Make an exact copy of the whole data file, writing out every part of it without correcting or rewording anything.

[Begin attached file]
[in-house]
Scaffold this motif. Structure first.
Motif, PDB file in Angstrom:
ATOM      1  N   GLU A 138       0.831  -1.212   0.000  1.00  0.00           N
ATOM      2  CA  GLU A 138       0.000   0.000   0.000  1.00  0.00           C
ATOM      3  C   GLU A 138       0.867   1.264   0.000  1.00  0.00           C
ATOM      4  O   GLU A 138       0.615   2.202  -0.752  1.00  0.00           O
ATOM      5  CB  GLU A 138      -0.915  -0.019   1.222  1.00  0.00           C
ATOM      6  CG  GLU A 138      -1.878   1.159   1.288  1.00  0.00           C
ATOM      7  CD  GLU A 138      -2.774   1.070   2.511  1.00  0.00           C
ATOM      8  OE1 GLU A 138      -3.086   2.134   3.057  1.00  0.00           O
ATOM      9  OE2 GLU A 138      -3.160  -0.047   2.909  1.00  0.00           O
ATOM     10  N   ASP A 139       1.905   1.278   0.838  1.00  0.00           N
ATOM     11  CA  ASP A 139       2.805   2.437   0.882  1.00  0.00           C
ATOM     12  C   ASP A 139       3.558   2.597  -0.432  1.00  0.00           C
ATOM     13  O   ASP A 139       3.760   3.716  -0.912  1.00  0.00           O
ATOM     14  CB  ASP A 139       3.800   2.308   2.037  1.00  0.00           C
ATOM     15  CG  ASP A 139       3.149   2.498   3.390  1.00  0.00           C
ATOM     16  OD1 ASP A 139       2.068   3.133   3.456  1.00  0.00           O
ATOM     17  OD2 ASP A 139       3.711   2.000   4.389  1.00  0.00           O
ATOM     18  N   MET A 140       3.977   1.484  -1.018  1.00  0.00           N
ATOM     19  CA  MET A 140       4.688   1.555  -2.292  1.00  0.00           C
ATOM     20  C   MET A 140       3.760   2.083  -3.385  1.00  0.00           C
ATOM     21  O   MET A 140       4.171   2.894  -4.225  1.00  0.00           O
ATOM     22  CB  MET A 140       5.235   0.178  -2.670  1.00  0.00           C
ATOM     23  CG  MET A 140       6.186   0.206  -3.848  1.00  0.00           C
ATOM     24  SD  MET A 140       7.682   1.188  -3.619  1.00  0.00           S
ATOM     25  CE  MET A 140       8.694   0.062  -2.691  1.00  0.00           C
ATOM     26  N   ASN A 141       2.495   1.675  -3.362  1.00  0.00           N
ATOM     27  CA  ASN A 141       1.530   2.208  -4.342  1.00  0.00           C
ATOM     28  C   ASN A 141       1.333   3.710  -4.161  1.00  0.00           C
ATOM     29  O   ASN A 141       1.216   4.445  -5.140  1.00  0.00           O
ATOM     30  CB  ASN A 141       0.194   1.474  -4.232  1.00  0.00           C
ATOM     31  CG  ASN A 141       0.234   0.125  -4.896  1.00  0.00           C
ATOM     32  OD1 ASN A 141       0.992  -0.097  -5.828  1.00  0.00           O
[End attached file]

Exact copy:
[in-house]
Scaffold this motif. Structure first.
Motif, PDB file in Angstrom:
ATOM      1  N   GLU A 138       0.831  -1.212   0.000  1.00  0.00           N
ATOM      2  CA  GLU A 138       0.000   0.000   0.000  1.00  0.00           C
ATOM      3  C   GLU A 138       0.867   1.264   0.000  1.00  0.00           C
ATOM      4  O   GLU A 138       0.615   2.202  -0.752  1.00  0.00           O
ATOM      5  CB  GLU A 138      -0.915  -0.019   1.222  1.00  0.00           C
ATOM      6  CG  GLU A 138      -1.878   1.159   1.288  1.00  0.00           C
ATOM      7  CD  GLU A 138      -2.774   1.070   2.511  1.00  0.00           C
ATOM      8  OE1 GLU A 138      -3.086   2.134   3.057  1.00  0.00           O
ATOM      9  OE2 GLU A 138      -3.160  -0.047   2.909  1.00  0.00           O
ATOM     10  N   ASP A 139       1.905   1.278   0.838  1.00  0.00           N
ATOM     11  CA  ASP A 139       2.805   2.437   0.882  1.00  0.00           C
ATOM     12  C   ASP A 139       3.558   2.597  -0.432  1.00  0.00           C
ATOM     13  O   ASP A 139       3.760   3.716  -0.912  1.00  0.00           O
ATOM     14  CB  ASP A 139       3.800   2.308   2.037  1.00  0.00           C
ATOM     15  CG  ASP A 139       3.149   2.498   3.390  1.00  0.00           C
ATOM     16  OD1 ASP A 139       2.068   3.133   3.456  1.00  0.00           O
ATOM     17  OD2 ASP A 139       3.711   2.000   4.389  1.00  0.00           O
ATOM     18  N   MET A 140       3.977   1.484  -1.018  1.00  0.00           N
ATOM     19  CA  MET A 140       4.688   1.555  -2.292  1.00  0.00           C
ATOM     20  C   MET A 140       3.760   2.083  -3.385  1.00  0.00           C
ATOM     21  O   MET A 140       4.171   2.894  -4.225  1.00  0.00           O
ATOM     22  CB  MET A 140       5.235   0.178  -2.670  1.00  0.00           C
ATOM     23  CG  MET A 140       6.186   0.206  -3.848  1.00  0.00           C
ATOM     24  SD  MET A 140       7.682   1.188  -3.619  1.00  0.00           S
ATOM     25  CE  MET A 140       8.694   0.062  -2.691  1.00  0.00           C
ATOM     26  N   ASN A 141       2.495   1.675  -3.362  1.00  0.00           N
ATOM     27  CA  ASN A 141       1.530   2.208  -4.342  1.00  0.00           C
ATOM     28  C   ASN A 141       1.333   3.710  -4.161  1.00  0.00           C
ATOM     29  O   ASN A 141       1.216   4.445  -5.140  1.00  0.00           O
ATOM     30  CB  ASN A 141       0.194   1.474  -4.232  1.00  0.00           C
ATOM     31  CG  ASN A 141       0.234   0.125  -4.896  1.00  0.00           C
ATOM     32  OD1 ASN A 141       0.992  -0.097  -5.828  1.00  0.00           O